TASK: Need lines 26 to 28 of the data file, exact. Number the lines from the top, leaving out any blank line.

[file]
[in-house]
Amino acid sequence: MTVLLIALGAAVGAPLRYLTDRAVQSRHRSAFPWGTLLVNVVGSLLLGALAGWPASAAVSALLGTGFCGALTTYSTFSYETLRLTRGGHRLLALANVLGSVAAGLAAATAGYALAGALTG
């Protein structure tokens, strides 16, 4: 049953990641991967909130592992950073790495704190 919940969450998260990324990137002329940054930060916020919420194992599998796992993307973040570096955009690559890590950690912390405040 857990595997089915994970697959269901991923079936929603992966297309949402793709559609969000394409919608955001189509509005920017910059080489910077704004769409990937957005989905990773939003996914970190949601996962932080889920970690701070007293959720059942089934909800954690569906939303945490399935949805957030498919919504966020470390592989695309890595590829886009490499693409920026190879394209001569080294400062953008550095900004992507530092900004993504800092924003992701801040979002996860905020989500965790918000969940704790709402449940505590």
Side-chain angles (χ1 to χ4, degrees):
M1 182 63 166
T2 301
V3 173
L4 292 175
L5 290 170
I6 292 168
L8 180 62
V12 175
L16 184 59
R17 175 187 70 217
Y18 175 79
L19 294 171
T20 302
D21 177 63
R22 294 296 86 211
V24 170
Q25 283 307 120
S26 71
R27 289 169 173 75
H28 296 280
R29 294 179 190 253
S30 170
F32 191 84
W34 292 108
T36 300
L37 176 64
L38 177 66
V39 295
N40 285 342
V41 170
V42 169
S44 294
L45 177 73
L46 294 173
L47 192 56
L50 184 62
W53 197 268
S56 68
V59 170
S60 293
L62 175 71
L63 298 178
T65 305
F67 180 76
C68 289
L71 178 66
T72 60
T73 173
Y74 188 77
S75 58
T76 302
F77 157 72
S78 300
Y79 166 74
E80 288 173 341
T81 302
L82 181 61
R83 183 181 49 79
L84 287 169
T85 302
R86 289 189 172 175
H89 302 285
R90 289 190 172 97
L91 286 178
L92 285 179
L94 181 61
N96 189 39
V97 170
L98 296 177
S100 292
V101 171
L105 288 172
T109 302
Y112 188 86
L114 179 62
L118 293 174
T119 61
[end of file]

S30 170
F32 191 84
W34 292 108